Skip Navigation
Oklahoma State University

Weather research UAVs take flight at OSU

In the first face-to-face meeting of four university partners in a project to develop unmanned aerial systems for weather research, more than 65 faculty, and students met at Oklahoma State University to discuss project goals but more importantly to kick the tires of unmanned aerial vehicles in test flights for the NSF CLOUD-MAP project.

NSF CLOUD-MAP (Collaboration Leading Operational UAS Development for Meteorology and Atmospheric Physics) is an alliance of OSU, the University of Oklahoma, the University of Kentucky and the University of Nebraska. In 2015, the four, with OSU as the lead university, received a National Science Foundation four-year, $6 million grant to develop UAV systems to improve atmospheric research and weather forecasting, including providing earlier and more accurate severe weather warnings.

CLOUD-MAP will allow meteorologists and atmospheric scientists to use unmanned aircraft as a common, everyday tool,” said Jamey Jacob, the project’s lead investigator and a professor of mechanical and aerospace engineering at OSU. Jacob is the director of OSU’s recently formed Unmanned Systems Research Institute. “Affordable, robust unmanned systems will make collecting atmospheric data in the lower atmosphere practical.”

Researchers from three universities traveled to Stillwater in June to join their OSU counterparts to test the capabilities of unmanned aircraft to collect weather data. An important area of testing included the instruments carried by UAVs for collecting atmospheric information. According to Jacob, the potential for flying UAVs packed with instruments is the ability to reach an area of the atmosphere where most weather events form and where current weather-monitoring technologies, like radar or ground-based weather stations, can’t accurately collect information.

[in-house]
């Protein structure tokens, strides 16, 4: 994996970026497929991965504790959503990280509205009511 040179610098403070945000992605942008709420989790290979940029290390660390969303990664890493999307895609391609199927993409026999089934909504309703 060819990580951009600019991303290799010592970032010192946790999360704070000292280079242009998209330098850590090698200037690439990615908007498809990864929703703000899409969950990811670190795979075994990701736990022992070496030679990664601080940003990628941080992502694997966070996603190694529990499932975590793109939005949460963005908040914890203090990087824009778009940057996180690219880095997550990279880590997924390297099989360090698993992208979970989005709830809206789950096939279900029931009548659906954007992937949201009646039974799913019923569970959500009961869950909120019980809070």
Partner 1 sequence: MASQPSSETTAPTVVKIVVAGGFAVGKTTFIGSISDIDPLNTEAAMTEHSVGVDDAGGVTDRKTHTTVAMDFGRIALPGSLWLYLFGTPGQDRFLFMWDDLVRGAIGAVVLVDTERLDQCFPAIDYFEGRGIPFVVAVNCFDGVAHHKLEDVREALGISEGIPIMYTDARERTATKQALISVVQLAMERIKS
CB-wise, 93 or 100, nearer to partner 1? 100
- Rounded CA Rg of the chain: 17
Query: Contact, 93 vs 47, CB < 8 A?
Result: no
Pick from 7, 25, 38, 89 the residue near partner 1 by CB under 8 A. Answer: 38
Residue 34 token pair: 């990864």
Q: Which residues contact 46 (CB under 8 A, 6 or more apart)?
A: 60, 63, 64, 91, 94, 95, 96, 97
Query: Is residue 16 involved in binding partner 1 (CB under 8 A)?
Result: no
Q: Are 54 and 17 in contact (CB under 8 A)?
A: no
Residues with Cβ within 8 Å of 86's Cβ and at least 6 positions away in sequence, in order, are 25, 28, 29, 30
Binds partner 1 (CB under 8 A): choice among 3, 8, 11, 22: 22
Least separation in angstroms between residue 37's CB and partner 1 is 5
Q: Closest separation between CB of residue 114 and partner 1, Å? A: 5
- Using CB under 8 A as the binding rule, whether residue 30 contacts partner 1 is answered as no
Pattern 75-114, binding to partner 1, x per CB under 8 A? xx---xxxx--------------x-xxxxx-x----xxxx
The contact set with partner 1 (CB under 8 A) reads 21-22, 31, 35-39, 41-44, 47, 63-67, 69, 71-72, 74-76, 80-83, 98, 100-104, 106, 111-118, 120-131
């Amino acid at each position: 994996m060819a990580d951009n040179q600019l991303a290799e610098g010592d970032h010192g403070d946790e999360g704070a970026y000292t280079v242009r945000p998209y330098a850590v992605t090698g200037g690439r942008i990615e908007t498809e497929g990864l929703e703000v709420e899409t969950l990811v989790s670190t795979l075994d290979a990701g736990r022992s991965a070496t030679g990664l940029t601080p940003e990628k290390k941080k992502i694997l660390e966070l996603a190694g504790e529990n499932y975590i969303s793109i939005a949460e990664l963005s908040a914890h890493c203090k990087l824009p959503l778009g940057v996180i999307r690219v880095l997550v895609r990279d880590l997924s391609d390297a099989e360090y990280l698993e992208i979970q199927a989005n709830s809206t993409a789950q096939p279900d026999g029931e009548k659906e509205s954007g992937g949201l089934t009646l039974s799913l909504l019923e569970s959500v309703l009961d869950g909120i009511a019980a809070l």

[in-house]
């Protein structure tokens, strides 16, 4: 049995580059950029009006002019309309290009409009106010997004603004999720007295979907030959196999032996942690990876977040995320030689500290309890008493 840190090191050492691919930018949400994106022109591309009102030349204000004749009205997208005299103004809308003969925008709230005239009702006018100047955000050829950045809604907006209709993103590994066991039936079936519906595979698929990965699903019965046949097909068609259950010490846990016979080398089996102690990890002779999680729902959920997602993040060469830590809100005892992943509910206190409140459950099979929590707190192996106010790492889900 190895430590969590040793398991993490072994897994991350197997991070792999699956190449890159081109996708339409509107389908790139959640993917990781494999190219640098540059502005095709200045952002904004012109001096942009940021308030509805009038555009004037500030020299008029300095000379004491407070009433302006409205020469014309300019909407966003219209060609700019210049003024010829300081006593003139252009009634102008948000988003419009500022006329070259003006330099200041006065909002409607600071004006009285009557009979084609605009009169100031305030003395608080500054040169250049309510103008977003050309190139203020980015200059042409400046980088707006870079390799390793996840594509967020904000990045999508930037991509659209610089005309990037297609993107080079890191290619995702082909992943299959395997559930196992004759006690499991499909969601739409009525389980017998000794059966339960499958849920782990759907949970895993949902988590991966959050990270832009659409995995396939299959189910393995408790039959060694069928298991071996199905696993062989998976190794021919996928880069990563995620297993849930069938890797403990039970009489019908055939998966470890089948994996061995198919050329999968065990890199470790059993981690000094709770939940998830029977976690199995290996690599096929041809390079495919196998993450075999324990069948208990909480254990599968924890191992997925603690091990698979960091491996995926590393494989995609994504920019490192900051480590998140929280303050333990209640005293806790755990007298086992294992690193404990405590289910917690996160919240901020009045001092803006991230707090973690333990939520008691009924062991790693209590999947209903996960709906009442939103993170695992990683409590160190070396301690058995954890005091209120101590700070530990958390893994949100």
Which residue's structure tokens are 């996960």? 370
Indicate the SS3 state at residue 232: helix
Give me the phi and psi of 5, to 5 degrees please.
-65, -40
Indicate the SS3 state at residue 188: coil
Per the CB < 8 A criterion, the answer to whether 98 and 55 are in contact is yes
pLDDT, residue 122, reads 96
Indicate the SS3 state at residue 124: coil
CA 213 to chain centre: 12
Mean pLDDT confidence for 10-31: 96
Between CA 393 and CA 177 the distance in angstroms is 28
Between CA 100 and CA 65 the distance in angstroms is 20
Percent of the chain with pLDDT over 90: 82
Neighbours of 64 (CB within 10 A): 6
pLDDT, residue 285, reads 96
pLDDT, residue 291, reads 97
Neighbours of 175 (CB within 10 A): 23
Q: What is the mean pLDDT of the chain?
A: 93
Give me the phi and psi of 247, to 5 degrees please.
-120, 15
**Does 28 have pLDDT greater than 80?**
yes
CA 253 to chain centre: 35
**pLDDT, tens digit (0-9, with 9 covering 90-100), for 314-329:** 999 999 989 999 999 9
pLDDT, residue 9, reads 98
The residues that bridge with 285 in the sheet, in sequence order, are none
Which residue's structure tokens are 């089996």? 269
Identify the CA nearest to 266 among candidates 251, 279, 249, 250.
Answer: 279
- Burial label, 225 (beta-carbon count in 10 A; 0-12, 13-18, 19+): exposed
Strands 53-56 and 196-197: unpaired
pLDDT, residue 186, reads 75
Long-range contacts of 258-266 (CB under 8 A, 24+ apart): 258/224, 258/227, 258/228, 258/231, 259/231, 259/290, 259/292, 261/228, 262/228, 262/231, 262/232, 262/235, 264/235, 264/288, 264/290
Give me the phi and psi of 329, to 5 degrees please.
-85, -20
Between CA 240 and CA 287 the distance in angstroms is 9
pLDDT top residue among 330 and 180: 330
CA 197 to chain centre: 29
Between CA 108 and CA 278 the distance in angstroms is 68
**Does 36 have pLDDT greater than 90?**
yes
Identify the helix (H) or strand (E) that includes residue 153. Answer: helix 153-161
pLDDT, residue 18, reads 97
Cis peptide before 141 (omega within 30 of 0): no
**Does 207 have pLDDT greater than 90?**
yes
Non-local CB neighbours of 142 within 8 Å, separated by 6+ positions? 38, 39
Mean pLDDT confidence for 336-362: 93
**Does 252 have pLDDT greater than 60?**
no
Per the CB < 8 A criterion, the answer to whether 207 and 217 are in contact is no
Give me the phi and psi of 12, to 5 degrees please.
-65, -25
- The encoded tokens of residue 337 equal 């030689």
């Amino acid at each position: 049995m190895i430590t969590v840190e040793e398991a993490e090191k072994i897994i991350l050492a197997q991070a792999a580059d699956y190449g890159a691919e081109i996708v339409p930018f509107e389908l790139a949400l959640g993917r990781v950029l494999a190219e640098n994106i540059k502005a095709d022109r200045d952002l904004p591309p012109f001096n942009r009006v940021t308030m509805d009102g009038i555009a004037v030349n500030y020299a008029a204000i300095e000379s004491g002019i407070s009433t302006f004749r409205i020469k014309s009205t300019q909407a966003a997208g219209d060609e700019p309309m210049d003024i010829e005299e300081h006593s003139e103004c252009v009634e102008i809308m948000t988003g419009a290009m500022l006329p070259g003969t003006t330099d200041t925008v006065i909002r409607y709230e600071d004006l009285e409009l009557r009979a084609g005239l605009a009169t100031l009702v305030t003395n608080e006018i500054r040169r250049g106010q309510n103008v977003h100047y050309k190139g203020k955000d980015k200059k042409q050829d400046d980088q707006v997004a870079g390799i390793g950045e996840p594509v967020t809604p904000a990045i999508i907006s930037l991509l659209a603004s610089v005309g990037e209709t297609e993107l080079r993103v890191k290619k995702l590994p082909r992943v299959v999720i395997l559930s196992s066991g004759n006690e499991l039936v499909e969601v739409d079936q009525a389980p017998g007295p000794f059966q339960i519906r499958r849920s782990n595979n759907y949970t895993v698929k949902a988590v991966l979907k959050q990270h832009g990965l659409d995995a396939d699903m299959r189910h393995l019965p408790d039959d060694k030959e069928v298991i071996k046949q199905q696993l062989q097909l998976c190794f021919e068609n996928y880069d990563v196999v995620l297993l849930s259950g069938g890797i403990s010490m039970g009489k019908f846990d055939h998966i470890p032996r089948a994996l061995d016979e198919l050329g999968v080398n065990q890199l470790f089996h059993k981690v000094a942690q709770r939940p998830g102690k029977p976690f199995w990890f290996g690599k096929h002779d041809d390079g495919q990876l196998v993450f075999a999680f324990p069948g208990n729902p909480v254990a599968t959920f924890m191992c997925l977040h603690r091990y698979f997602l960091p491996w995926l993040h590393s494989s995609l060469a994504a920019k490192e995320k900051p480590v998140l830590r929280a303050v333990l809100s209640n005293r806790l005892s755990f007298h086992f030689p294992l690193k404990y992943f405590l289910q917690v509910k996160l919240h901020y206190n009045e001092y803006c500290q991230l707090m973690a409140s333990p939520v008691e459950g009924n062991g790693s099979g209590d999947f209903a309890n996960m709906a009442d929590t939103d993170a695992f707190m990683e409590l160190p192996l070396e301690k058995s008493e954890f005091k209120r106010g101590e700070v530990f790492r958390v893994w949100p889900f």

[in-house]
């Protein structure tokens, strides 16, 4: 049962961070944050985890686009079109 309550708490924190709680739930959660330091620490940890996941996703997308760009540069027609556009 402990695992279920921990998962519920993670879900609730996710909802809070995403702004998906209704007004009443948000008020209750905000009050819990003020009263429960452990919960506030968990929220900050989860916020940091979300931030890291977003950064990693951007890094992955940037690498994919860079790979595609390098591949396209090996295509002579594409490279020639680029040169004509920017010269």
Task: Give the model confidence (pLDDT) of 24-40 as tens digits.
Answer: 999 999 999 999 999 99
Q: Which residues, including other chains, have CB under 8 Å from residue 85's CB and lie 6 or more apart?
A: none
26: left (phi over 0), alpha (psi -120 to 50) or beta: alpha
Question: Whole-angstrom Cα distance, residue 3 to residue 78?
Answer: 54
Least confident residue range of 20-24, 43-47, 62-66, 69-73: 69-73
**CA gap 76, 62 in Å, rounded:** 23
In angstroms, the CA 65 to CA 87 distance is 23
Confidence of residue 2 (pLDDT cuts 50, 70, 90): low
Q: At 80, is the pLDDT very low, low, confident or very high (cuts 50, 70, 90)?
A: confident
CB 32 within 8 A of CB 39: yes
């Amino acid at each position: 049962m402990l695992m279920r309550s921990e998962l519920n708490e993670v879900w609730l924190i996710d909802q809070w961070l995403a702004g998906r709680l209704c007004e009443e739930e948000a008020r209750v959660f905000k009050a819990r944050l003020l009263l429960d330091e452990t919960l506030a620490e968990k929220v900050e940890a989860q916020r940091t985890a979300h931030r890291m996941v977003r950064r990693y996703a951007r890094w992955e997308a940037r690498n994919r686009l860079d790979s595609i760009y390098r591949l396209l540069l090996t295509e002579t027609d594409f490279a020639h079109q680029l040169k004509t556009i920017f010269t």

The resulting data collected during this meeting of the CLOUD-MAP universities is valuable in increasing our understanding of how unmanned aircraft can be used regularly in the boundary layer,” Jacob said.

The meeting also gave researchers a chance to meet and compare UAV systems that each university has developed. That face-to-face collaboration was eye-opening, said one visiting researcher.

I think meeting has been amazing and created spontaneous sharing of ideas,” said Suzanne Weaver Smith, professor of mechanical engineering and director of the University of Kentucky Unmanned Systems Research Consortium. “The creativity it will create is going to be stunning.”

One goal of field-testing UAVs was gauging the ability of aircraft to be flown a day in and day out. CLOUD-MAP partners, who brought more than a dozen aircraft to Stillwater, flew UAVs at OSU’s unmanned aircraft test field and at an Oklahoma Mesonet weather station west of Stillwater where conditions were more challenging without flight-friendly amenities like a runway. Flying from the weather station also allowed researchers to compare data collected by UAVs with that from ground-based instruments.

The partners made nearly 250 flights over a three-day period. Jacob said one of the week’s most important goals was a demonstration of robust repeatable flights and autonomous multi-vehicle operation. Other goals included assessing data accuracy. Those goals were met, he said.

Four universities working together to tackle a vital need is a promising approach to large research projects. Academic research often means universities closely guarding data until research is published. “Openness creates opportunities,” said Weaver Smith.

A special thing about this is people are open about sharing their work and are collaborative minded,” she said. “That’s a unique situation.”

Meetings of the CLOUD-MAP partners will be held annually, said Jacob. “This first meeting allows us to set a baseline for where our current technologies are and how they work together,” he said. “Ultimately, this project will save lives and property by improving our understanding of the atmosphere and developing more accurate forecasting models.”

Oklahoma State University is a modern land-grant university that prepares students for success. OSU has more than 36,000 students across its five-campus system and more than 25,000 on its combined Stillwater and Tulsa campuses, with students from all 50 states and around 120 nations. Established in 1890, Oklahoma State has graduated more than 260,000 students who have been serving Oklahoma and the world for 125 years.

To learn more visit

CONTACT: Jeff Joiner | Research Communications | 405-744-5827 |